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2004 Annual
Confer
ence

 

Schedule

Conference Flyer
(PDF Format)

Conference Brochure
(PDF Format)

Spring 2004 Historic Preservation Bulletin: Archaeology Theme Issue
(PDF Format)


Awareness of the past enriches the present by bringing a more complete understanding of human experience to contemporary life. This appreciation has inspired individual citizens and community groups to advocate for resource identification, protection, and interpretation. While all resource types can enrich our understanding, the focus of the 2004 conference was on New Jersey's archaeological resources.

Morning speakers were Dr. William Kelso and Dr. R. Michael Stewart. Using his work with the Jamestown Rediscovery Project, Dr. Kelso challenged our commonly held perceptions about our buried past, while illustrating how "rediscovery" leads to reinterpretations of history and invigorates heritage tourism. Dr. Kelso's presentation instilled a sense of the challenge and mystery solving associated with the effort to dispel the long held belief that the remains of the earliest settlement of Jamestown were all gone, eroded into the James River. Dr. Kelso challenged common misconceptions about site location and preservation, and showed how careful, well designed archaeological investigation can yield highly significant, unforeseen discoveries as well as solid scientific data for testing hypotheses. The work at Jamestown exemplifies the role that archaeological resources can and should play in defining community identify, fostering pride, and bolstering local heritage tourism.

Dr. Stewart, one of the leading experts on the Native American archaeology of the Delaware Valley, provided a glimpse into the lives of New Jersey's original inhabitants through an archaeological portal. He discussed the ways in which the material remains left behind by the original New Jerseyans can inform regarding lifeways. He chronicled aspects of our most up-to-date anthropological understanding of 11,000 years of prehistory in New Jersey.

There were three breakout tracks in the afternoon. "Archaeology: Bringing Historic Sites to Life," focused on the ways archaeology enables communities and historic site managers to better interpret historic properties, bringing new life to sites and their former occupants. The process of archaeological exploration can stimulate, educate, and involve community members in the history under their feet. Gail Hunton and Rebecca Yamin discussed their collaborative efforts on several projects to benefit Monmouth County's historic sites and public. Richard Veit discussed his work with students and volunteers at house museums. James Lee used his expertise with New Jersey's canals to illustrate how interpreted ruins and restored features convey feelings and understanding of our forebears' labors. David Orr discussed working with volunteers from initial discovery through historic reenactments at Valley Forge and Independence National Historic Park.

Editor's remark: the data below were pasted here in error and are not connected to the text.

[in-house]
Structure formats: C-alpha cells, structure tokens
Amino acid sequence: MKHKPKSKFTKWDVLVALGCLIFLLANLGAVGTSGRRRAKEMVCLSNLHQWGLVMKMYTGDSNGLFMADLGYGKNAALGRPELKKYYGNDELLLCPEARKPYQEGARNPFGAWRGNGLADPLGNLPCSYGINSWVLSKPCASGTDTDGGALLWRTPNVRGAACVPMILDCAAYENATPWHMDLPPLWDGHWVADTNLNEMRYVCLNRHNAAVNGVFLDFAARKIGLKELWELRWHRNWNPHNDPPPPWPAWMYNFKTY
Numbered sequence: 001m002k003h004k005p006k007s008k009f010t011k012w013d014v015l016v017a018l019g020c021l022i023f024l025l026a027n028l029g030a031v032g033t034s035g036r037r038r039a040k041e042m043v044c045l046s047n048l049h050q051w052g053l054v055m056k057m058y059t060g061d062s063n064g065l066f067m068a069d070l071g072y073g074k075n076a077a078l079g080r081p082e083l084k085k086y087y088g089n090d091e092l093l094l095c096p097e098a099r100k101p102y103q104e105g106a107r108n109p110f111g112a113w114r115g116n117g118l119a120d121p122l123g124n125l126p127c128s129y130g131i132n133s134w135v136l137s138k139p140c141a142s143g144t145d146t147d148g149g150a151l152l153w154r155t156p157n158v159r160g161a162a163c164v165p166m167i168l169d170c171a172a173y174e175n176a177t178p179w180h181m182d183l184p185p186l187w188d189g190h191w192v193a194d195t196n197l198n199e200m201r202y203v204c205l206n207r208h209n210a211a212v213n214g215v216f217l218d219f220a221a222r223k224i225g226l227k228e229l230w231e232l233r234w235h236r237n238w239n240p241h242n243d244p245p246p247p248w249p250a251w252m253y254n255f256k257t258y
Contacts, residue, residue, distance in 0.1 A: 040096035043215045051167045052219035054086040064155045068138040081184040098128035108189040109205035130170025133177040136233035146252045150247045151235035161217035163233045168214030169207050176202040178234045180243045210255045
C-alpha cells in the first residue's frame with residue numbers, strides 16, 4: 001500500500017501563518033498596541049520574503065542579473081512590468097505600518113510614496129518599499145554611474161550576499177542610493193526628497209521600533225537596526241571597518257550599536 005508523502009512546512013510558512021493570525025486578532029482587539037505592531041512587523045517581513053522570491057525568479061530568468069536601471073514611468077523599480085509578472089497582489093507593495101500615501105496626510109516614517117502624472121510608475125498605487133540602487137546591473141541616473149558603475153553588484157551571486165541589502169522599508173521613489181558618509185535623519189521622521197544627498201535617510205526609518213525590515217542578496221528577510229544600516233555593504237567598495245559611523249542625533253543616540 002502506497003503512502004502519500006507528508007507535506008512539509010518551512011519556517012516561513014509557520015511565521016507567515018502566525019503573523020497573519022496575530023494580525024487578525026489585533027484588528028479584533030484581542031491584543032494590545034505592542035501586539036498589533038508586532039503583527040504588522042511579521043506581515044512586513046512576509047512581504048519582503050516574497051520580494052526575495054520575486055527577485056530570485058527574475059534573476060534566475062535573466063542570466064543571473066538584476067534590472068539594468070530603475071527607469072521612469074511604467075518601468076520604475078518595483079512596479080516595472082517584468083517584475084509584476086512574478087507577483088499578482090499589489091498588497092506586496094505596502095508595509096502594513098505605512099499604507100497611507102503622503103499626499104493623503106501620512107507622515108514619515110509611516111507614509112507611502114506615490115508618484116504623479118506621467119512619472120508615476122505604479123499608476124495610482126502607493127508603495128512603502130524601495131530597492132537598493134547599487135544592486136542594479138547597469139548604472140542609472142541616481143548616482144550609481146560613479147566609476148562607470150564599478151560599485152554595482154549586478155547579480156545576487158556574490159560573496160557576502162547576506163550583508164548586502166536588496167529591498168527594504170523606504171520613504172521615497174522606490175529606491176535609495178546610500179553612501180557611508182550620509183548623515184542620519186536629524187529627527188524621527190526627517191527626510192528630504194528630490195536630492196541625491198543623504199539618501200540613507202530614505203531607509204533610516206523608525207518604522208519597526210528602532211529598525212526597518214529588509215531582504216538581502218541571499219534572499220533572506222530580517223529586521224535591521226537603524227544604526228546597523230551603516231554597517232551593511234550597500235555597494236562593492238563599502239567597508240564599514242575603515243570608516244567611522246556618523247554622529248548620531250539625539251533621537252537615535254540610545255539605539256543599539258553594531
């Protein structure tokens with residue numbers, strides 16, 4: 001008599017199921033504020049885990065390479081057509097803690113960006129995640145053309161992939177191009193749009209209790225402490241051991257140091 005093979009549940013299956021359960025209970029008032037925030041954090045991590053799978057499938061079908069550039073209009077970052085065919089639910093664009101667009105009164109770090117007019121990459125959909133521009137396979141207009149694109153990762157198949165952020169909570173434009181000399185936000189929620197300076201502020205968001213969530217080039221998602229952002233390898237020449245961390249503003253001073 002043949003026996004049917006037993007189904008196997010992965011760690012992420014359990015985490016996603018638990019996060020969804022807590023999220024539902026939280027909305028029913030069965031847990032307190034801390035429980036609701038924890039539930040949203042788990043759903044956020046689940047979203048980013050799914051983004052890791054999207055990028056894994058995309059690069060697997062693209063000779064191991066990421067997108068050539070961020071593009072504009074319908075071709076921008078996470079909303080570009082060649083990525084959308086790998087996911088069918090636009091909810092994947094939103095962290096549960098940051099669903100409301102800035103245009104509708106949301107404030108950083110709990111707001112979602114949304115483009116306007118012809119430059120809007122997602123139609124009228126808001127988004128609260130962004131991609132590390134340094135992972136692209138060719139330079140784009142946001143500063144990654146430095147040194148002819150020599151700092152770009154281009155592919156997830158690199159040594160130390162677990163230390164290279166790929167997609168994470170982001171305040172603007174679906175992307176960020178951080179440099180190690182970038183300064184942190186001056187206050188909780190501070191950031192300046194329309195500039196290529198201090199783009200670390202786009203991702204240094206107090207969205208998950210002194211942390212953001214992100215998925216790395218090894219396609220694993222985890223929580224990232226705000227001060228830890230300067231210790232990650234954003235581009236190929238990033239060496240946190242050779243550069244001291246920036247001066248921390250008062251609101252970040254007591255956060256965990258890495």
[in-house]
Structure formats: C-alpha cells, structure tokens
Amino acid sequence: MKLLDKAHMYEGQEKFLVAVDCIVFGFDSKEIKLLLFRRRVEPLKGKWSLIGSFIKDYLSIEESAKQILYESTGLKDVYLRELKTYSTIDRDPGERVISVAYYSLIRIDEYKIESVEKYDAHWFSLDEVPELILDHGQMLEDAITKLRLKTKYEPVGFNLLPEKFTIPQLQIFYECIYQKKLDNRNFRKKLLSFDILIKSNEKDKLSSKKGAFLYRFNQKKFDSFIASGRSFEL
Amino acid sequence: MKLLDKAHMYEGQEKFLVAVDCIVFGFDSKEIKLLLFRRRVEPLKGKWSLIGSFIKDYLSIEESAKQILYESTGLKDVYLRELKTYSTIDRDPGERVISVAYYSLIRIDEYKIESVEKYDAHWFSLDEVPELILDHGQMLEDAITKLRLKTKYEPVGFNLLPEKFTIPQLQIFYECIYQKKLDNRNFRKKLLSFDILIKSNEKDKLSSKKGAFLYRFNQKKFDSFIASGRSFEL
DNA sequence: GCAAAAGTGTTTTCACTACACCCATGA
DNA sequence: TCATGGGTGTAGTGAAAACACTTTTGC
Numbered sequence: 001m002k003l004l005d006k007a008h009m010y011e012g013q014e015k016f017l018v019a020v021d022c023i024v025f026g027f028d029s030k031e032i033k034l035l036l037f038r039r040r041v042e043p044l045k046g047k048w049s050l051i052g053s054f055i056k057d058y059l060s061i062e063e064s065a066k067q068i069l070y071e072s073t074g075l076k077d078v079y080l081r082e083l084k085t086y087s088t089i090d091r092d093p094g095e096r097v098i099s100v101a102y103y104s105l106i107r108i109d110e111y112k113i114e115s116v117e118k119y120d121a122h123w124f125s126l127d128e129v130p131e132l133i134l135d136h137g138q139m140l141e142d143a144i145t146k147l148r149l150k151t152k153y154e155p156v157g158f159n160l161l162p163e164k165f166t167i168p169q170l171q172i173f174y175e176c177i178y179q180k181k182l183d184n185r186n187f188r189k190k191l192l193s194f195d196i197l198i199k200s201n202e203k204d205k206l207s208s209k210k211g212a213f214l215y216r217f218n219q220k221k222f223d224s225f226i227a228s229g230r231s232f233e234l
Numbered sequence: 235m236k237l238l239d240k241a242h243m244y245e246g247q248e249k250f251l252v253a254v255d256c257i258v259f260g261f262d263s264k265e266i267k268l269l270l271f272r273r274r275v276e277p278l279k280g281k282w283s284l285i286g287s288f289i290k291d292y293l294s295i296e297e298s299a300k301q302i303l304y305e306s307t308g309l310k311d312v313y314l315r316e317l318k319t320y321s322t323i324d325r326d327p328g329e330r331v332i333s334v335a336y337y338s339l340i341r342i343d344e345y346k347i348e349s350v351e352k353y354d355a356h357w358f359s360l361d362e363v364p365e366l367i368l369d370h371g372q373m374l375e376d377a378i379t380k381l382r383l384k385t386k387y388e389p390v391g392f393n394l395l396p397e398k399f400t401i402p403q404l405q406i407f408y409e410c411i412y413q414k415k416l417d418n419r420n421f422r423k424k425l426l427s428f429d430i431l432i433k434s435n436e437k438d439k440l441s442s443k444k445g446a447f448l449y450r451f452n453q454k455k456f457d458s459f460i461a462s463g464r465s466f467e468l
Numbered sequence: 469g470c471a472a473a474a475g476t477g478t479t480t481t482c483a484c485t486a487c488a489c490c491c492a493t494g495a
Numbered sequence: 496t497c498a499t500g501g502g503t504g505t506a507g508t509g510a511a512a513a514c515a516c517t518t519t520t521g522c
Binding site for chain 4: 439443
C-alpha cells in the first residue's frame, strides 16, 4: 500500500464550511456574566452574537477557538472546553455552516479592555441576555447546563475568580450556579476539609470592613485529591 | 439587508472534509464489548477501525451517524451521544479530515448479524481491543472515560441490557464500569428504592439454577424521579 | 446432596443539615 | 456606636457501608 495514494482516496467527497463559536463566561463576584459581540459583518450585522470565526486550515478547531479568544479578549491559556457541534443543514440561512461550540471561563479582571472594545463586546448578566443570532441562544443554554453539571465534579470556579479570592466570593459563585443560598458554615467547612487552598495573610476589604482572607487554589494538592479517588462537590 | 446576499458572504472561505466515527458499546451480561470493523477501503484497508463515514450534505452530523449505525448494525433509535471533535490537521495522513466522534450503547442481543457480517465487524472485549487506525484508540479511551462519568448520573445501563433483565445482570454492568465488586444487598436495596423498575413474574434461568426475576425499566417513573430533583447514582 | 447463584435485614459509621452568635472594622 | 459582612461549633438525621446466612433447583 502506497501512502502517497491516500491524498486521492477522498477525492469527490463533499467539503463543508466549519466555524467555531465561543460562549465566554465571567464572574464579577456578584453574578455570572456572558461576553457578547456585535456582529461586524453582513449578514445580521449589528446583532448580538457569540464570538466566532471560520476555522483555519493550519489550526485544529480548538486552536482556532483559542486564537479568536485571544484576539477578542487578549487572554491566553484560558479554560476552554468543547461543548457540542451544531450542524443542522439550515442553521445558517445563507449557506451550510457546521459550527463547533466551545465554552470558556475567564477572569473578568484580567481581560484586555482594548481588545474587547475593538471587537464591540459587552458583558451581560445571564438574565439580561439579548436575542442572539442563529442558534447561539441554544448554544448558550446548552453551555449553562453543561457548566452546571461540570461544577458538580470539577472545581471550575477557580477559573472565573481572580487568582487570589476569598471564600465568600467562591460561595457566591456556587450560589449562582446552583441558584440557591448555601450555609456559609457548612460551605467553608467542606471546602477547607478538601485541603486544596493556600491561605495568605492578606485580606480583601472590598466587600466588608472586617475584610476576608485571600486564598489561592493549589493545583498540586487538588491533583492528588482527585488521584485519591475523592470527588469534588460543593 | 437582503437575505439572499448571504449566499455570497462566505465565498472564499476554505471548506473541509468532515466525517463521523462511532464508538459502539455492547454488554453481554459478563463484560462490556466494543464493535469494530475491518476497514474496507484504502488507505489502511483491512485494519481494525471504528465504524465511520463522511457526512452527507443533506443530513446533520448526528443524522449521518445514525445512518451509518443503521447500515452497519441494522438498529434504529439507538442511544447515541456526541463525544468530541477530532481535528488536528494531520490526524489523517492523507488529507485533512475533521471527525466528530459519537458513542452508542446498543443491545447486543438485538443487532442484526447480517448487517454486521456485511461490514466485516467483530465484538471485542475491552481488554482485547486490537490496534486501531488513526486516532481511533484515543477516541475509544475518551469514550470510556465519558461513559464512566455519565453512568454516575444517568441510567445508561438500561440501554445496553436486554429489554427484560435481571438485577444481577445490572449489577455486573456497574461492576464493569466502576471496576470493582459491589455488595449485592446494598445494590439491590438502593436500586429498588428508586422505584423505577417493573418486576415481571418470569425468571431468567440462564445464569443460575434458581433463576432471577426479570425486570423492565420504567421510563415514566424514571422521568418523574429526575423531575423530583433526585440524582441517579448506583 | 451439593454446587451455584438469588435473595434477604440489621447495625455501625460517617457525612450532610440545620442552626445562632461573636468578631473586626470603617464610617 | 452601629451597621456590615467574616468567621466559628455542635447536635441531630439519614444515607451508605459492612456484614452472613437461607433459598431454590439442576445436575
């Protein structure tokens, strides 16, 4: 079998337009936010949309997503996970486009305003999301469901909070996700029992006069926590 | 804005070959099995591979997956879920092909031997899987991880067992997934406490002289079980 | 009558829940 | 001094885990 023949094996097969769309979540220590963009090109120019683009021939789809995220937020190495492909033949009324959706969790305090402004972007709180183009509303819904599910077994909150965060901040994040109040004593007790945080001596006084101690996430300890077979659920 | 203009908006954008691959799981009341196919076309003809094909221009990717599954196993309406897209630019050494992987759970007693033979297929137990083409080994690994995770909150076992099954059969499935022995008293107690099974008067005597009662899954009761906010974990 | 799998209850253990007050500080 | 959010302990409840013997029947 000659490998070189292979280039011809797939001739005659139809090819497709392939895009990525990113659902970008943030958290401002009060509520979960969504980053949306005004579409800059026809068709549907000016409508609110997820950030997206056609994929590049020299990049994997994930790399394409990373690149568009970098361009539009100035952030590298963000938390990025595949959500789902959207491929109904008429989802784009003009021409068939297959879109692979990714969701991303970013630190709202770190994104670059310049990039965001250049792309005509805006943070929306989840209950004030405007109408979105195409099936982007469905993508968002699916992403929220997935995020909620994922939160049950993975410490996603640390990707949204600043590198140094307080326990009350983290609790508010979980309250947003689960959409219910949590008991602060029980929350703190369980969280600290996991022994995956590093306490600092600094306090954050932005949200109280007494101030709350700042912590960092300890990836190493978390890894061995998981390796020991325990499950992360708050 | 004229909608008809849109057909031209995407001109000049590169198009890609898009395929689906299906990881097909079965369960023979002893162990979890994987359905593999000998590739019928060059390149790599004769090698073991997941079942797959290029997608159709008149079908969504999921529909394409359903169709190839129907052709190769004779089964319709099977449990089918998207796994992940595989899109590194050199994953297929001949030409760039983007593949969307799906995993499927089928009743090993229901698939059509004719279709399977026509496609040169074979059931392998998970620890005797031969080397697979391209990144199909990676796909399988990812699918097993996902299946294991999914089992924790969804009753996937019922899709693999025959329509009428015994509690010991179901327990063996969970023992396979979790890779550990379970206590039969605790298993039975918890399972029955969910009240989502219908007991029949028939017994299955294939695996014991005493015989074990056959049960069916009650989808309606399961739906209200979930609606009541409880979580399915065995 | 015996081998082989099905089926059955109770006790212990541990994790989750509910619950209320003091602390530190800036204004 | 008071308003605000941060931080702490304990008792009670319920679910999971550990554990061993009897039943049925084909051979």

A second breakout track focused on archaeological site protection. Aspects of federal and state laws, regulation, standards, and guidelines were reviewed and exemplified by Nancy Brighton, Elizabeth Merritt, and Andrea Tingey. The quality of most archaeological work in New Jersey is enhanced when the regulators, the regulated community, and historic preservation professionals doing the work all comprehend the laws and regulations. Archaeological site identification and protection at the municipal level in New Jersey was discussed by F. Robert Perry, Olga Chesler, and Larry Randolph. Their experiences in Evesham and South Plainfield townships have broad applicability throughout our state's municipal milieu.

The third breakout track, "From Your House to the White House: Tips for Effective Advocacy," explored some of the complexities of successful advocacy. Just because a sites has been temporarily rescued does not mean it has been preserved. This two session track explored the basic tools, techniques, programs, an incentives for saving resources and ensuring long-term protection. The basics of advocacy were covered within the context of the three-year long saga to nominate the Black Creek Native American archaeological site in Sussex County to the New Jersey and National Register of Historic Places. Panelists and speakers included Adrian Scott Fine, Urie Ridgeway, Jessica Paladini, and Gregory Werkheiser. Synergistic relationships between open space preservation/acquisition and historic and archaeological site protection were explored in presentations by Fawn McGee, Bill Liebeknecht, Greg Lattanzi, and Ron Emrich.

Many of the topics explored at the conference were introduced prior to the conference in the Spring 2004 Historic Preservation Bulletin.

Sponsored by: NJ DEP, Natural and Historic Resources, Historic Preservation Office
Co-Sponsored by:
Preservation New Jersey, NJ Department of Transportation, Old Barracks Museum, and Archaeological Society of New Jersey

 

 
Conference Schedule
Masonic Temple (A)
8:00 - 9:00

Registration & Coffee

 
9:00 - 9:30
Welcome & Introduction
9:30 - 10:30
Keynote Speaker: Dr. William Kelso, Jamestown Rediscovery Project